History of Dentistry
In early human history, evidence of tooth decay is few and far in between. It is in the appearance of farming societies 10,000 years ago that we start seeing cavities. The agricultural revolution allowed people to live longer, and thereby require more dental care throughout their lives. The theory is that with plant-based diets with far more glucose. So, while it is the bedrock of our civilization, us settling down to grow our food made our diet less complex than we were evolved for and introduced us to cavities and gum disease.
Our earliest evidence of tooth decay and dentistry comes from Italy where an infected tool was cleaned with flint tools from around 14,000 years ago. Meanwhile, more formal methods hare found as far back as 7000 BC in Mehrgarh. But Ancient Egypt is famous for their periodontal disease. Radiographs confirm that many early mummies die of early gum disease turned to infection. If agriculture extended the life of the hunter-gatherer, their development of early dentistry practices would extend their lives beyond this new affliction.
From the Middle Ages, all the way up to the 19th century, barbers took on the dual role of dentists. In reality, they stayed regulated to only extractions and alleviating pain from infections. For the most part in early dentistry, procedures were performed by general physicians. It was not until the late nineteenth and twentieth century that a specialization arose, and it became government regulated. Although, you can see how our dentist’s chair comes in handy at a barbershop.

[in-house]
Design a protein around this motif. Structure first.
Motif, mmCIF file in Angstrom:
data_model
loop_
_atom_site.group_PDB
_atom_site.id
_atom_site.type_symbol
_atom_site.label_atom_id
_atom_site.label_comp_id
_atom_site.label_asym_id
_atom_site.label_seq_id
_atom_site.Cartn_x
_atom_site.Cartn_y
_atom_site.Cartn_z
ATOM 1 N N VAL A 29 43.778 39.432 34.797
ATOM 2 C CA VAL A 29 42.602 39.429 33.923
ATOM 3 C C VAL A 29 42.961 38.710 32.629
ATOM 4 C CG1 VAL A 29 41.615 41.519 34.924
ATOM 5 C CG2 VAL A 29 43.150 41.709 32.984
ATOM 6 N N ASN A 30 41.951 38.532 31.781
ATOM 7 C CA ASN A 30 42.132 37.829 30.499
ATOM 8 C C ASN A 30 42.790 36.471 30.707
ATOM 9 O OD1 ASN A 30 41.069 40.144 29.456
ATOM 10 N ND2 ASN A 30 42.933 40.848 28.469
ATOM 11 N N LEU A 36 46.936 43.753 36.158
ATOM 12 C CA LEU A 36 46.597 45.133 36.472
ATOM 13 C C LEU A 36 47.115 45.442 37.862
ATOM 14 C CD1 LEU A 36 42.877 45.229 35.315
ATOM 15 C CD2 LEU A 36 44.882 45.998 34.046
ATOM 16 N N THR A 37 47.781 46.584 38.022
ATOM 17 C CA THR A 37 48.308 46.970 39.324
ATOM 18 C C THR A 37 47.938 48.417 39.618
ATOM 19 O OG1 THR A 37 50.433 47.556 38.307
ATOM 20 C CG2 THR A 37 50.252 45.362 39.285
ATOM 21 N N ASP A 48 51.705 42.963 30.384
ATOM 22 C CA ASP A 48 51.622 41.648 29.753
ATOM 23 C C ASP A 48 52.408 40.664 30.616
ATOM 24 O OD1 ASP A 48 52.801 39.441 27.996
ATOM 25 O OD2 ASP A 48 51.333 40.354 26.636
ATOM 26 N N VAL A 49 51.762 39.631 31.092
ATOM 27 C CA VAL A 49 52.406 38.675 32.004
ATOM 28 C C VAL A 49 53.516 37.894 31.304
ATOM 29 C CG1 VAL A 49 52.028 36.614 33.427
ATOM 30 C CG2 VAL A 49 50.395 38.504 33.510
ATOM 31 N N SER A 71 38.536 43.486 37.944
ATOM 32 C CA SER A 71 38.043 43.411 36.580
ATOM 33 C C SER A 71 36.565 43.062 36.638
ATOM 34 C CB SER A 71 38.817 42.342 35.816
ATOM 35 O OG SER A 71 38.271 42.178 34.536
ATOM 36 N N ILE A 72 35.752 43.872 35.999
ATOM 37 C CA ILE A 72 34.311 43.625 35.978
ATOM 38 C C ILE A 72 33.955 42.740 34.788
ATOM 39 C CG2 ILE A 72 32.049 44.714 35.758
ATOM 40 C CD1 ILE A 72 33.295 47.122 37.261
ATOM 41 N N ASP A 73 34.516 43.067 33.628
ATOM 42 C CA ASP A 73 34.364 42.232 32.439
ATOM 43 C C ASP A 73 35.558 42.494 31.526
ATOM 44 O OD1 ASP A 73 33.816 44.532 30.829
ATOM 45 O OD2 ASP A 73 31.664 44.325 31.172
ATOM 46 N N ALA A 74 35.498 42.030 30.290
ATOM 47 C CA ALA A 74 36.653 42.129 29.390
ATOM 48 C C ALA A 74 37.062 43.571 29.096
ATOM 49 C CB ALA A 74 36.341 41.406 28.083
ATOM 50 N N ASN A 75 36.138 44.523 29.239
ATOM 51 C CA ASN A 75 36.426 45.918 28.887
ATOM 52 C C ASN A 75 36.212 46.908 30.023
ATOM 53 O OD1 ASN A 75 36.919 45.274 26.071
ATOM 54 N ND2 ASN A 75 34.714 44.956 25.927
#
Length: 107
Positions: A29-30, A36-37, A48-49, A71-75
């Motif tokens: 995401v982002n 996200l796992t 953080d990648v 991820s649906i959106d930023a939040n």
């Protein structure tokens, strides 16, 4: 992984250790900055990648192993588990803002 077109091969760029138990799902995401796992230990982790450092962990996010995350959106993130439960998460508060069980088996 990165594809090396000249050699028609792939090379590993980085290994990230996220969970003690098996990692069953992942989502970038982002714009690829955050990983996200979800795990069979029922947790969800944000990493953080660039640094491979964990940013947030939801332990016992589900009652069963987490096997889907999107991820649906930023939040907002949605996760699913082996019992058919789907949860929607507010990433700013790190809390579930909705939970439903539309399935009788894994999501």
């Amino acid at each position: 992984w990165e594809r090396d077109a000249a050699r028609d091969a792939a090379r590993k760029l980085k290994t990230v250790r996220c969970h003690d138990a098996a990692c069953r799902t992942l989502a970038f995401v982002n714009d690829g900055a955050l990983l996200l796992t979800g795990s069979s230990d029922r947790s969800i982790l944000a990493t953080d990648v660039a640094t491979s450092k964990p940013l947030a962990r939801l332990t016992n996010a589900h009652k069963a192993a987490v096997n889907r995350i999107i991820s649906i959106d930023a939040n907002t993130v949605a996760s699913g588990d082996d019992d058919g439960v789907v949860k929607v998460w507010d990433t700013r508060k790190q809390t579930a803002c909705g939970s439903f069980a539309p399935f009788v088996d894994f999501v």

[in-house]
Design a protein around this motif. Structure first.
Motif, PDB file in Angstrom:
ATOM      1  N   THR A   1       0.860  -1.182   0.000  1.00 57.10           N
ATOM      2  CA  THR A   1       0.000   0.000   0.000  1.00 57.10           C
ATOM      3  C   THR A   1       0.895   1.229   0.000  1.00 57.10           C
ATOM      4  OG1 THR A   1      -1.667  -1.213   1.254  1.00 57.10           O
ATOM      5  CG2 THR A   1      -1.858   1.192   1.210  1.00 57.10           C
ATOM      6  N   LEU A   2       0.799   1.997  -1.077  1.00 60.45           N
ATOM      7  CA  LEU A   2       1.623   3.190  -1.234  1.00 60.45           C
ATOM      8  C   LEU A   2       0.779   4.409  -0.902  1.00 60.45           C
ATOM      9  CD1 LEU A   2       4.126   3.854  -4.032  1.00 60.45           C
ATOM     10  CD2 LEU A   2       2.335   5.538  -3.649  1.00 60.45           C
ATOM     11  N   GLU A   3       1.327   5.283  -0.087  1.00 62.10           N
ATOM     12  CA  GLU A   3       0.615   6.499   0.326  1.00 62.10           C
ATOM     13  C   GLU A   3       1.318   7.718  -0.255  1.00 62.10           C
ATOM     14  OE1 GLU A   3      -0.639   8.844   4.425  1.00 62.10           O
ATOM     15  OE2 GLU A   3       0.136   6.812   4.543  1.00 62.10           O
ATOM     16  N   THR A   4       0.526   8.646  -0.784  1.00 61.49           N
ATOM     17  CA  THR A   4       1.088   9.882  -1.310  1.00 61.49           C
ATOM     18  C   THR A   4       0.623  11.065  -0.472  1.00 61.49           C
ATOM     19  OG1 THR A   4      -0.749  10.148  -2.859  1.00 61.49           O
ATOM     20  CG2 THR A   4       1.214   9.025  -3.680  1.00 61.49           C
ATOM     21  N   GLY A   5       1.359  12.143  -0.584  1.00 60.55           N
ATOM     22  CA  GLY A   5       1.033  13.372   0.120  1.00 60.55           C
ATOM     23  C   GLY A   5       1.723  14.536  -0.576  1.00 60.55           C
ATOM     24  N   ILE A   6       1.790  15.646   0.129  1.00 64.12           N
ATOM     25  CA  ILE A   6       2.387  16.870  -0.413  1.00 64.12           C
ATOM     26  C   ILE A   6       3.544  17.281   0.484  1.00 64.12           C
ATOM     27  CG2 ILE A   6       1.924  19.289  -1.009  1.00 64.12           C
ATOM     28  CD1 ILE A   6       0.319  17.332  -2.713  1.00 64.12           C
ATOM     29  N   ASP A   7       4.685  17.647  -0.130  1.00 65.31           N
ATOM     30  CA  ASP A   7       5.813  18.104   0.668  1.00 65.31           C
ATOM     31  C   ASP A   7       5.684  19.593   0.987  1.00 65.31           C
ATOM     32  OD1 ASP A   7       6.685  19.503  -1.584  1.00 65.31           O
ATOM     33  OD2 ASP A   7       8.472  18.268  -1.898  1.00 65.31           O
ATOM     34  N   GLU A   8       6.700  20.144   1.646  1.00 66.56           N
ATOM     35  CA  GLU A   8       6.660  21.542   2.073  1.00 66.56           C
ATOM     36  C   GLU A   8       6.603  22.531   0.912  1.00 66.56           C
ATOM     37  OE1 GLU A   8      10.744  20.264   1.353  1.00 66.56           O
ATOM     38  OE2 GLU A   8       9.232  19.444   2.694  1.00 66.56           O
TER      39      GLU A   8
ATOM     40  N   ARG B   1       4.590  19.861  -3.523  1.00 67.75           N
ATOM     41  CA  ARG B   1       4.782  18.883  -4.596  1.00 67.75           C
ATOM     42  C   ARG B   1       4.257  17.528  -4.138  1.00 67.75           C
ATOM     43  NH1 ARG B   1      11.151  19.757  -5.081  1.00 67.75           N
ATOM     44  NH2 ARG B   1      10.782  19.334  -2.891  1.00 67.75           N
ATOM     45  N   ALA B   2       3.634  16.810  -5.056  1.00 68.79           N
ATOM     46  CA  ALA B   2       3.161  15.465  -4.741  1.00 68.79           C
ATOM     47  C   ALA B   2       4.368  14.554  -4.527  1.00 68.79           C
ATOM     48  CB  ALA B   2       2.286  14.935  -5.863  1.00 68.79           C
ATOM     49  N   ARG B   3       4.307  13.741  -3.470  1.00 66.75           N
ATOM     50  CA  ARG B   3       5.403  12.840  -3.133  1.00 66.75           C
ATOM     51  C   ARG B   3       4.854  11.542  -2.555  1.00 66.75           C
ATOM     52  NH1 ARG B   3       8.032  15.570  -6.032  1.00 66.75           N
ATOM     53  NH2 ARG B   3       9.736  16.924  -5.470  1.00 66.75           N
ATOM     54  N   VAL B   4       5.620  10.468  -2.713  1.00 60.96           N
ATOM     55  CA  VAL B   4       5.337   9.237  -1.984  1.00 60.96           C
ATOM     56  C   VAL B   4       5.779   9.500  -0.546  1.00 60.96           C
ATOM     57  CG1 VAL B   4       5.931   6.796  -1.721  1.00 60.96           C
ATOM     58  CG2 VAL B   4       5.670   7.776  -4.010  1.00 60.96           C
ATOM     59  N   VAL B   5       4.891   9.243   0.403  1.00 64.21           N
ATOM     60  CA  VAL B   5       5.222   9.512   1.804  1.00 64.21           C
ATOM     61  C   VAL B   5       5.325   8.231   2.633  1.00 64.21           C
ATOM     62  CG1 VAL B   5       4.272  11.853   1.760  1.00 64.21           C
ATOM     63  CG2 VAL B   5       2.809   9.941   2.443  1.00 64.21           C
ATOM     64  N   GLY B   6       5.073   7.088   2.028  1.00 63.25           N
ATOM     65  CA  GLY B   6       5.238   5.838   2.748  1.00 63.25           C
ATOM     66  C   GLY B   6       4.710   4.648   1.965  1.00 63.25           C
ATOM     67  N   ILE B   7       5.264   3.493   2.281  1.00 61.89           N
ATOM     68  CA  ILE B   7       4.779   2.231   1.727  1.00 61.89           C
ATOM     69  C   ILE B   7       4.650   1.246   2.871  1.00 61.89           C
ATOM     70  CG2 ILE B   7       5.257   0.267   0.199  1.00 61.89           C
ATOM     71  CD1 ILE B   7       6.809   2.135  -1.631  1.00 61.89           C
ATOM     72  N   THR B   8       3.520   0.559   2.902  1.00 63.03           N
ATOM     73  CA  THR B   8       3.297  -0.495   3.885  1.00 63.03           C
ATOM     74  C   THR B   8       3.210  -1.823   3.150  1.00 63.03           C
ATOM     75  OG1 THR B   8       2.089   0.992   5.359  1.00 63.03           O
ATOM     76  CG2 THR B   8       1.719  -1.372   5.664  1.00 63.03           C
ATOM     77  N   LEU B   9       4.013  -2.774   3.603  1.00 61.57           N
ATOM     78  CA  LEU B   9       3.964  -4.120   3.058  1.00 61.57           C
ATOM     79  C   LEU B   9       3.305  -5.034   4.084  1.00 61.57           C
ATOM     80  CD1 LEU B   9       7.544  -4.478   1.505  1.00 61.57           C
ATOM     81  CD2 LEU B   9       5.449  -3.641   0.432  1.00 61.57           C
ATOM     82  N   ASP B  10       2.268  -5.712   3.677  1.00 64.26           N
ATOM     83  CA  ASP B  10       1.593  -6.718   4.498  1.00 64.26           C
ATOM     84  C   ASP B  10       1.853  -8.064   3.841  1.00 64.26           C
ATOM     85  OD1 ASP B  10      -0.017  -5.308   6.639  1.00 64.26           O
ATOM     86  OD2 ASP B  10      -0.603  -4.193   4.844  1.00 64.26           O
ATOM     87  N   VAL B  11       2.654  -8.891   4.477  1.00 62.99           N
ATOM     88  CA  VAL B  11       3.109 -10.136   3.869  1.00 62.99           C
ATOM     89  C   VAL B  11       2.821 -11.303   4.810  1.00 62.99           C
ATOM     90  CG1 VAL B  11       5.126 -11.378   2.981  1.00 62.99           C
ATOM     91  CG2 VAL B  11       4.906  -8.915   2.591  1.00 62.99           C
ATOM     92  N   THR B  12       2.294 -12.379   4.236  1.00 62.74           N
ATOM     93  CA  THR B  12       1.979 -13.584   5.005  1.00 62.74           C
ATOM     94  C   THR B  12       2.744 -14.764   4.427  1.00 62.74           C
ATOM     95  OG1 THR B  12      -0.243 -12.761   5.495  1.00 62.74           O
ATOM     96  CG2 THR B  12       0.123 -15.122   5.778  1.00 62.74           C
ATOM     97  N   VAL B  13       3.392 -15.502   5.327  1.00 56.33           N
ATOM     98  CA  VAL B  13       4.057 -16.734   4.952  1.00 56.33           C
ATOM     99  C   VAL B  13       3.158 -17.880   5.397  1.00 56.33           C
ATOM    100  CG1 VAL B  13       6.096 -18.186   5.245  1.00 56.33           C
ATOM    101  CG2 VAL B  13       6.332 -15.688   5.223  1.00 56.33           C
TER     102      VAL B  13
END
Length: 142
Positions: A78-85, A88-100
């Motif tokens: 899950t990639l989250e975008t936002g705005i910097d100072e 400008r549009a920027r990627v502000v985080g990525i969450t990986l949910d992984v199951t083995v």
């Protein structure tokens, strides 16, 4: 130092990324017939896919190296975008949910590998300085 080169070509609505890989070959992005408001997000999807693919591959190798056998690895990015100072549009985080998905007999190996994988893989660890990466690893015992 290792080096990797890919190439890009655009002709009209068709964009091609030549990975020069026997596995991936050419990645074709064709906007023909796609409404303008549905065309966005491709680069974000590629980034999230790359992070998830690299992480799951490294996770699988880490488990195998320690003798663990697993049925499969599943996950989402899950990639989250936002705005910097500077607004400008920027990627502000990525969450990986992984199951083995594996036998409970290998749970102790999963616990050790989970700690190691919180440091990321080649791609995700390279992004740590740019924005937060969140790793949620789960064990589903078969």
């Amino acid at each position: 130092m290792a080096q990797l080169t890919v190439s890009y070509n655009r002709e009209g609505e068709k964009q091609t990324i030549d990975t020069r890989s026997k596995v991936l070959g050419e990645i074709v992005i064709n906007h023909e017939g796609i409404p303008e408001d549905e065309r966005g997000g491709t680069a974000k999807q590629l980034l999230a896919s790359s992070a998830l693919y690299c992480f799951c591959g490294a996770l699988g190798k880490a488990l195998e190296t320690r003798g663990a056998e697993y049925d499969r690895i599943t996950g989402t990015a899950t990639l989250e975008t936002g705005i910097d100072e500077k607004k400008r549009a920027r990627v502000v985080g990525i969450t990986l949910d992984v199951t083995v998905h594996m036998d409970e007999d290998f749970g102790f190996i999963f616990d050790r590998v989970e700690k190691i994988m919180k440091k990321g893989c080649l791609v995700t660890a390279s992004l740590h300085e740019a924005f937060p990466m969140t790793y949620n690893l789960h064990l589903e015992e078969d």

A common myth persists that George Washington’s set of teeth was wooden. While Washington suffered from dental problems throughout his adult life, the surviving pair of dentures in Mount Vernon is teeth—mostly. They are a combination of human teeth, animal teeth, probably horse and cow, filed down to the right shape, and one of hippopotamus ivory. The teeth are set in lead jaws, which are connected by silver springs. We know from his letters and journal entries that he suffered from toothaches, inflamed gums, and eventually his ill-fitting dentures, and that he bought plenty of toothbrushes, scrapers, files, cleaning solutions, and toothache medication.
Dentistry has a long history, and it took a lot to get to where we are today. It was important in the advancement of general medicine and the advancement of human civilization. Today, we continue these practices and service to society. And our Gentle Dental dentists are proud to be a part of this tradition.